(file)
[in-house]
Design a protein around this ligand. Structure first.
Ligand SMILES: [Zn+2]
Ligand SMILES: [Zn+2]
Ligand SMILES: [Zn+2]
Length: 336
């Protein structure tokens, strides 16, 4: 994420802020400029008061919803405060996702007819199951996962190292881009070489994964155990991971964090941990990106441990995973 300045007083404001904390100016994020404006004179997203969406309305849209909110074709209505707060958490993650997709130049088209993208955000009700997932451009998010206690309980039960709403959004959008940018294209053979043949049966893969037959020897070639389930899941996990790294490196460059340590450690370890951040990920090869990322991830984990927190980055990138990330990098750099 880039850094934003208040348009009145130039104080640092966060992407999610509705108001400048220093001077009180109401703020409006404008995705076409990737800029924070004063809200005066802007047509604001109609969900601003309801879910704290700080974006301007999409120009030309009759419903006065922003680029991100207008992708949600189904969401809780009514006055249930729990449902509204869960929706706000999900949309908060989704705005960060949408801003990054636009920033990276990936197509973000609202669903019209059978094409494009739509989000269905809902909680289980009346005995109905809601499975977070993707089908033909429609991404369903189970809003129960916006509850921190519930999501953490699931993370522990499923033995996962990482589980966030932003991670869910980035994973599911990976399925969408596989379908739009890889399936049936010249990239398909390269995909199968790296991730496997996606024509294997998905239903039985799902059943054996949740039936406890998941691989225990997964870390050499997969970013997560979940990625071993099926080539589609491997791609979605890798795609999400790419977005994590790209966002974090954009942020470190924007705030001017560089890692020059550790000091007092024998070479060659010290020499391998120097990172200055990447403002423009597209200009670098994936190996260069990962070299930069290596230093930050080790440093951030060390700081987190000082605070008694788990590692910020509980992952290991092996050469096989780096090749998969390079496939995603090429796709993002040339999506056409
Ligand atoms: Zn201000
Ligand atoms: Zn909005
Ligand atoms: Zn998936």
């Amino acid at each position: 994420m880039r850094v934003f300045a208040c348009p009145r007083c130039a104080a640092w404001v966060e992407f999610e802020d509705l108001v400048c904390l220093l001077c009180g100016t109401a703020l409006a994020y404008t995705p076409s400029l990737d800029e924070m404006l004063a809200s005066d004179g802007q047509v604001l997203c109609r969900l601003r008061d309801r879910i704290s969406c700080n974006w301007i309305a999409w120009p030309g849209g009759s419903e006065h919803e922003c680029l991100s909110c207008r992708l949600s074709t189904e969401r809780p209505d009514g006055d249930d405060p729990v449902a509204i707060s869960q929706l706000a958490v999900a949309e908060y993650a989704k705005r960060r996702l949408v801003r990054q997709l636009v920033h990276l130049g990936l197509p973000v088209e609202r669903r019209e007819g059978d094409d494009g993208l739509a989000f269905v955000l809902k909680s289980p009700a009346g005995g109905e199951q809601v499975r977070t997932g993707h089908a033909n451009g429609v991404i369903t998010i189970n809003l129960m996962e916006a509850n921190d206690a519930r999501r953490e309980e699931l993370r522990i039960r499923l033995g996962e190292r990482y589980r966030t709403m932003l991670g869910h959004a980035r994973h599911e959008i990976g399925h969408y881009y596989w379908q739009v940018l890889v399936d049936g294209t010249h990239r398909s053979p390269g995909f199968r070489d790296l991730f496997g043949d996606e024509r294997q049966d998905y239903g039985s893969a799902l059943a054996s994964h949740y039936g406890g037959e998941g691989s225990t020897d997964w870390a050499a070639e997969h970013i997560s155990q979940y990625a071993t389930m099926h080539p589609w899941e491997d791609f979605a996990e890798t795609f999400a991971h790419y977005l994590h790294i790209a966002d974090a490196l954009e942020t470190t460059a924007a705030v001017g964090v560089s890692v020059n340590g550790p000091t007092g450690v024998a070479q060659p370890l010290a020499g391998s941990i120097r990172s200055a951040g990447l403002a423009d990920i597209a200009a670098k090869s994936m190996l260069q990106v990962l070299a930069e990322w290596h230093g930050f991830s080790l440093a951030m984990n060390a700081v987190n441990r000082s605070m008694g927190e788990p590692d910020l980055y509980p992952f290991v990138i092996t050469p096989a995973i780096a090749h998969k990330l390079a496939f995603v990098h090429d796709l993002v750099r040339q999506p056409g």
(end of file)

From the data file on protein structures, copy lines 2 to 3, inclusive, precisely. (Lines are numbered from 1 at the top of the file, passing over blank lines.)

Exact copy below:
Design a protein around this ligand. Structure first.
Ligand SMILES: [Zn+2]